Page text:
There’s no looking back for these children

Father Damien and his team of counsellors are helping war- affected children and widows in the north to adjust to a normal life.
Chandani Kirinde reports from Point Pedro

Seven-year-old Kalai Verdan recently brought a newspaper to show his friends who attend special classes with him at the Anjali Aham Psychological Counselling Centre in Thumpali, Point Pedro. He proudly showed off the photograph little realizing that it was an advertisement inserted by his mother in remembrance of his father who was killed in the Wanni area in the north a little over a year ago.

Fr. Damien with one of his young charges

Such innocent acts are common among the war-affected children, many of whom are too young to realize the socio-psychological problems that they face in the aftermath of the conflict. Along with Verdan and his 11-year-old brother Kalai Vernan, there are many children who have been left orphaned or with a single parent as a result of war in this northernmost area of the country.

Helping them adjust to a normal life after the traumatic experiences of the past few years is Roman Catholic priest Father Damien, a trained psychologist and his team of eight counsellors who are working with the affected children as well as the large number of widows in the area.

“Many have lost their fathers while fleeing the fighting and with their mothers too now suffering from psychological problems, it’s an uphill battle to get them back on their feet,” explained Father Damien who has has been in the north from the early 1980s carrying out socio-psychological programmes mainly for adults.

“We are keen not to create a dependency syndrome in either the adults or the children but assist them so they are able to move on with their lives,” he said.

Today at Anjali Aham classes are held in the afternoon and evenings with extra lessons to assist them with their schoolwork as well as classes where the children can develop their artistic talents. The counsellors also visit the homes of these affected and work in 21 villages in the area.

Sudharshini (13), a Grade eight student of Kathkovalam Maha Vidyalaya in Point Pedro lost her father in the war. Her family was among many others who were forced into the Wanni area by the LTTE during the last months of the fighting. She lives with her mother in her grandparents’ home as they have no means of income with the death of the breadwinner of the family. She is reluctant to talk of the experiences in the Wanni but wants to concentrate on her studies. “I want to be a teacher when I grow up,” she says shyly.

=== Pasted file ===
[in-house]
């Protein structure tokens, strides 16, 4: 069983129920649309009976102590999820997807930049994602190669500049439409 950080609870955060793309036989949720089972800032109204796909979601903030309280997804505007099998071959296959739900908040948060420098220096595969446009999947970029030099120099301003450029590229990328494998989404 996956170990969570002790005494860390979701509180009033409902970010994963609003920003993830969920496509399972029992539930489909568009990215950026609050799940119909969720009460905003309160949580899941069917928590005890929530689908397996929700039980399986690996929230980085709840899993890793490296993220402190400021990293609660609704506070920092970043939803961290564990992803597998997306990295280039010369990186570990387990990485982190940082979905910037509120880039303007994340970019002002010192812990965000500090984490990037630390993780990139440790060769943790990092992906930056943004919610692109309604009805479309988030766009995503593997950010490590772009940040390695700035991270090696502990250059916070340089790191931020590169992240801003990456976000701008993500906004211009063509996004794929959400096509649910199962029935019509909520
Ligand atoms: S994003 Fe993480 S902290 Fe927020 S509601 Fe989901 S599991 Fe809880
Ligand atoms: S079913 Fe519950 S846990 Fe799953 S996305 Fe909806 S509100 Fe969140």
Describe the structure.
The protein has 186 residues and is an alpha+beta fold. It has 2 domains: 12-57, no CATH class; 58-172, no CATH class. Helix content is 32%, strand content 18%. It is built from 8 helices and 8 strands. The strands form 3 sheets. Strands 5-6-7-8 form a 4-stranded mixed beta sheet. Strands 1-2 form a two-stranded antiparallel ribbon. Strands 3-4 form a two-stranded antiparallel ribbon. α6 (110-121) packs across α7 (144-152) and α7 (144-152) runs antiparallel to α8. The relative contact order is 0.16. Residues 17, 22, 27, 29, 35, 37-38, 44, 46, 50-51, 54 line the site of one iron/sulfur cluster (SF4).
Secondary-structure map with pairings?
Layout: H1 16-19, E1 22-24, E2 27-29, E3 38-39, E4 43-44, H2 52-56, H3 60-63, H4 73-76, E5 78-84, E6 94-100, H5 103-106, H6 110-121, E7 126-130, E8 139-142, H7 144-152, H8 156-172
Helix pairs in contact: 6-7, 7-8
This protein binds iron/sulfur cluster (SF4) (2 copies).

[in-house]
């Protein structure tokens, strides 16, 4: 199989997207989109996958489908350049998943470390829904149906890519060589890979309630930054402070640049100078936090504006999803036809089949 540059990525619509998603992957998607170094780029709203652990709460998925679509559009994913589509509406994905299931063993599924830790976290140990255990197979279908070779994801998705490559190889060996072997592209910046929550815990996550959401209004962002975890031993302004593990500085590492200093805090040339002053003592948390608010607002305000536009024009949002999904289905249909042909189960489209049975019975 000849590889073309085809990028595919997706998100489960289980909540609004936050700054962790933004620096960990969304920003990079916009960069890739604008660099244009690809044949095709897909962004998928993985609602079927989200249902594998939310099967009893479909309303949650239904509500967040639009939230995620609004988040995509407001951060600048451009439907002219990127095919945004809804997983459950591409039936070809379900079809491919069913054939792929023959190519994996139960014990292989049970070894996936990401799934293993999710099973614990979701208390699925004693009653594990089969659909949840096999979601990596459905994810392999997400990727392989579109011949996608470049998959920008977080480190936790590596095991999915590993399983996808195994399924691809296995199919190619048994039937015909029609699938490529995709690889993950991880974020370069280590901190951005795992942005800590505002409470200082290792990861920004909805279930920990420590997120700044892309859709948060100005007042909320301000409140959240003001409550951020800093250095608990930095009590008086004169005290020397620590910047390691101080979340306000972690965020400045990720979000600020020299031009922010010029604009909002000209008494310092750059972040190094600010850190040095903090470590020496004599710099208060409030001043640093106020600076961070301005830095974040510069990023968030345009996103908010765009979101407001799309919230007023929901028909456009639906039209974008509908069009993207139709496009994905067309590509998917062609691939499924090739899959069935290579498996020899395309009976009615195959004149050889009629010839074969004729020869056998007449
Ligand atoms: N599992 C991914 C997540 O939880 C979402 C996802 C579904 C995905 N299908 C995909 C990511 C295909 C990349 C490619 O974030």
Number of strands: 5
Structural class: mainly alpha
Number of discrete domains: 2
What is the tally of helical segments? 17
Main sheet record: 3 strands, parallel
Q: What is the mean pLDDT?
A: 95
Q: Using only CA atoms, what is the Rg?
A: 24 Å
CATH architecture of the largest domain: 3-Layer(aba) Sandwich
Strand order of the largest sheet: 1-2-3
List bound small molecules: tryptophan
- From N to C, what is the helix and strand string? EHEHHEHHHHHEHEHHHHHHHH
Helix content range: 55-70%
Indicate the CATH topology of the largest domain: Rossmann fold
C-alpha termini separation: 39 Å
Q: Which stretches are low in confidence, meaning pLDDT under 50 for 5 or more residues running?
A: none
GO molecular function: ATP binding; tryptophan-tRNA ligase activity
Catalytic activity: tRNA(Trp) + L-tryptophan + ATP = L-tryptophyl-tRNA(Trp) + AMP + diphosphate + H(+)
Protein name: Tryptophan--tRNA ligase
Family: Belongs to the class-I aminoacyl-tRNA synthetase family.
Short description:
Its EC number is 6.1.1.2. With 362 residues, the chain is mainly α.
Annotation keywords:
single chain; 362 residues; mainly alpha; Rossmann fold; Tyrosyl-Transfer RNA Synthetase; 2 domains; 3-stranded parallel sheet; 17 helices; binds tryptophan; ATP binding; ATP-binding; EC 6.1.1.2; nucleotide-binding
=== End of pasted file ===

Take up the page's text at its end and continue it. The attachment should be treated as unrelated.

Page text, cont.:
Three-year-old S. Ravichandran is the youngest among the group of around 50 children who attend the special classes at Father Damien’s school. He too has lost his father in the war. When asked if he would like to go back to the Wanni, his eyes widen and he shakes his vehemently.

Jasintha Chandramohan is one of the counsellors who has seen first hand the plight of the war- affected. Life is difficult for the widowed women in particular as many of them are young and face various social pressures.

“It’s very easy for these women to fall prey to gossip. There are instances where they are blamed for the deaths of their husband. Also as many of them are unemployed, they are dependent on others for their survival,” she explained.

Anjali Aham also helps the women to become self-sufficient through their livelihood programme. A financial grant is given to them to engage in self-employment and many now run their own kiosks, make food items that can be sold as well as handicrafts using locally available raw materials.

“There are several women who are making a living on their own now. What is more difficult is to cope with the social pressures that are brought on by the stigma attached to widowhood,” she said.
The children at Anjali Aham who had gathered to welcome us sing a song before we leave. They know it’s a song about coming together but because it’s a Sinhala song none of them can understand its entire meaning.

The words have been written down in Tamil for them to memorize and sing. “Enna Nangi, enna Malli, rok wella ………………,” they sing with enthusiasm. Despite the bitter experiences of so many years, the children want to embrace a new life now that the guns have finally fallen silent. The scars however are likely to remain for longer.

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